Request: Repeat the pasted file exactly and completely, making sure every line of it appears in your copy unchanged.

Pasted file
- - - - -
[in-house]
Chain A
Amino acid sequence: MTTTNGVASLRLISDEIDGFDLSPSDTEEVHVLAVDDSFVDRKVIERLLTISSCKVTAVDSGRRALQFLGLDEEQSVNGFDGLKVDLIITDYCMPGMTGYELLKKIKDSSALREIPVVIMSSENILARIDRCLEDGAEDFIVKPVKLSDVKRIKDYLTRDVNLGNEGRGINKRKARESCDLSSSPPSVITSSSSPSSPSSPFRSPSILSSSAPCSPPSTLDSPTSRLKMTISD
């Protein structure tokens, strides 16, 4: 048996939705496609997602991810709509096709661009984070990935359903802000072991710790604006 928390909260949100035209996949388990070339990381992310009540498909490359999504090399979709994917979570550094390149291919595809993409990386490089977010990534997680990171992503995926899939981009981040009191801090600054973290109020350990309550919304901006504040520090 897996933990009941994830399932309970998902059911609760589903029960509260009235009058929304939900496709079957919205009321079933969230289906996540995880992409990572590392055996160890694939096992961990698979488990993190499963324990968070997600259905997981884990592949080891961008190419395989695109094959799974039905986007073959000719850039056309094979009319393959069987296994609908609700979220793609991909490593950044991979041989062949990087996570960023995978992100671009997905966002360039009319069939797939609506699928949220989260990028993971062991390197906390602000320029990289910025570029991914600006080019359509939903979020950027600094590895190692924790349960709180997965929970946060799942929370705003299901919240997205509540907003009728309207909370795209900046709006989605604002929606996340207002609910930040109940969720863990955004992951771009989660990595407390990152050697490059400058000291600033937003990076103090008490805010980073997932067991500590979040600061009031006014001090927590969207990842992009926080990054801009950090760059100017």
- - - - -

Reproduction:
[in-house]
Chain A
Amino acid sequence: MTTTNGVASLRLISDEIDGFDLSPSDTEEVHVLAVDDSFVDRKVIERLLTISSCKVTAVDSGRRALQFLGLDEEQSVNGFDGLKVDLIITDYCMPGMTGYELLKKIKDSSALREIPVVIMSSENILARIDRCLEDGAEDFIVKPVKLSDVKRIKDYLTRDVNLGNEGRGINKRKARESCDLSSSPPSVITSSSSPSSPSSPFRSPSILSSSAPCSPPSTLDSPTSRLKMTISD
């Protein structure tokens, strides 16, 4: 048996939705496609997602991810709509096709661009984070990935359903802000072991710790604006 928390909260949100035209996949388990070339990381992310009540498909490359999504090399979709994917979570550094390149291919595809993409990386490089977010990534997680990171992503995926899939981009981040009191801090600054973290109020350990309550919304901006504040520090 897996933990009941994830399932309970998902059911609760589903029960509260009235009058929304939900496709079957919205009321079933969230289906996540995880992409990572590392055996160890694939096992961990698979488990993190499963324990968070997600259905997981884990592949080891961008190419395989695109094959799974039905986007073959000719850039056309094979009319393959069987296994609908609700979220793609991909490593950044991979041989062949990087996570960023995978992100671009997905966002360039009319069939797939609506699928949220989260990028993971062991390197906390602000320029990289910025570029991914600006080019359509939903979020950027600094590895190692924790349960709180997965929970946060799942929370705003299901919240997205509540907003009728309207909370795209900046709006989605604002929606996340207002609910930040109940969720863990955004992951771009989660990595407390990152050697490059400058000291600033937003990076103090008490805010980073997932067991500590979040600061009031006014001090927590969207990842992009926080990054801009950090760059100017």